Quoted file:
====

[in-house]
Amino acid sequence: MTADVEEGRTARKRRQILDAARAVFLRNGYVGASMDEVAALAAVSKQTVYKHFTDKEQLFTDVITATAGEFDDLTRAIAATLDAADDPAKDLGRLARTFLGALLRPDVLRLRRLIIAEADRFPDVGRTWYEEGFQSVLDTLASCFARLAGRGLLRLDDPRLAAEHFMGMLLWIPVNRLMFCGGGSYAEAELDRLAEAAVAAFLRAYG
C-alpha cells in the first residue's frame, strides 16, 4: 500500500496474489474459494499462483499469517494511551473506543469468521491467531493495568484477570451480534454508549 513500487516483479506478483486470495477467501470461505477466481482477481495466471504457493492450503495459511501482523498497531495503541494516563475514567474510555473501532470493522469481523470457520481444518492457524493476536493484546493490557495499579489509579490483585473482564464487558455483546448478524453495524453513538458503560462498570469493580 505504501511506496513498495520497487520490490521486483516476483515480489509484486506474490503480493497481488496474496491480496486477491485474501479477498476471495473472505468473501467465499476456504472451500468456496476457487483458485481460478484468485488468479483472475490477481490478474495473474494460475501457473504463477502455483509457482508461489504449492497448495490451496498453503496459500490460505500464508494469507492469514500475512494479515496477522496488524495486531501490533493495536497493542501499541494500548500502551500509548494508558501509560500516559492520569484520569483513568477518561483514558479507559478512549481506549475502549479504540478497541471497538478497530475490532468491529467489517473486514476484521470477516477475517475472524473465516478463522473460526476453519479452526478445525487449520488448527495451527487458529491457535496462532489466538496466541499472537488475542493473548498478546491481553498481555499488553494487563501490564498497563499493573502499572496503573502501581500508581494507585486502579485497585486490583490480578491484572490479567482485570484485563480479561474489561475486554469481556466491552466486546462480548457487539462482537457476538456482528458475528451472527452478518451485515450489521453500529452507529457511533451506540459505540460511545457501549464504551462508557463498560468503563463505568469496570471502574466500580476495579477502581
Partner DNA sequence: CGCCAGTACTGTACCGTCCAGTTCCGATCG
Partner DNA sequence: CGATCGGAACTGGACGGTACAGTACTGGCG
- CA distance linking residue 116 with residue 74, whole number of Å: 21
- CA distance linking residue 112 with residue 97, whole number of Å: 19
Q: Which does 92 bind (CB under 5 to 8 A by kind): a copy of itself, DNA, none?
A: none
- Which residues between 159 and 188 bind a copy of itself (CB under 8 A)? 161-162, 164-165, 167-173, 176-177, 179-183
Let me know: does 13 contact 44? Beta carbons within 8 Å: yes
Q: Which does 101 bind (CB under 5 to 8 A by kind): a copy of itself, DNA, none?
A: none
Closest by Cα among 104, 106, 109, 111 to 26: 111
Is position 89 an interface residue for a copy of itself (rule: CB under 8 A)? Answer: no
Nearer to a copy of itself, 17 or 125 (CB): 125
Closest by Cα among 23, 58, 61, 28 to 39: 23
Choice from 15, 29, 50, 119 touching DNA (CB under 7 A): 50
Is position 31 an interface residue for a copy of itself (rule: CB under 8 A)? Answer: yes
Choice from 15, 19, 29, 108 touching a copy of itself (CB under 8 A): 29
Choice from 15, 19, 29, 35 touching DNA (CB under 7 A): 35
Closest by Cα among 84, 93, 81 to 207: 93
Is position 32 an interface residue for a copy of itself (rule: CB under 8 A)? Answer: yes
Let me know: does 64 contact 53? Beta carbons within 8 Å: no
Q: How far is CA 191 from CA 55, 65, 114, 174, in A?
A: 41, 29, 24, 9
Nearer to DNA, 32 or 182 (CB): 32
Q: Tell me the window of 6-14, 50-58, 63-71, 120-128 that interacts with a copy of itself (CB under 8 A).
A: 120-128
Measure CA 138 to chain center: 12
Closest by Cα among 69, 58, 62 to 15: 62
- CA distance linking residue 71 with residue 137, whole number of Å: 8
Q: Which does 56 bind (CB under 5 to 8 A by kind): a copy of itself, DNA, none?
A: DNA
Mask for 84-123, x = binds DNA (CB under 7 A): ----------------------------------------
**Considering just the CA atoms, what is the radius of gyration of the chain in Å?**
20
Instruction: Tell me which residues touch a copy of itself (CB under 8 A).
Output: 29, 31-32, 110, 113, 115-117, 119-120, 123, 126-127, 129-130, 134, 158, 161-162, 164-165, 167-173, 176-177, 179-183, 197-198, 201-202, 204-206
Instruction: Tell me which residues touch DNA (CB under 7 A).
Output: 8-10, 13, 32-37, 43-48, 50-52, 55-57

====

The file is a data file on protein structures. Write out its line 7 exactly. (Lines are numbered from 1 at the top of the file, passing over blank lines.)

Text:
- CA distance linking residue 112 with residue 97, whole number of Å: 19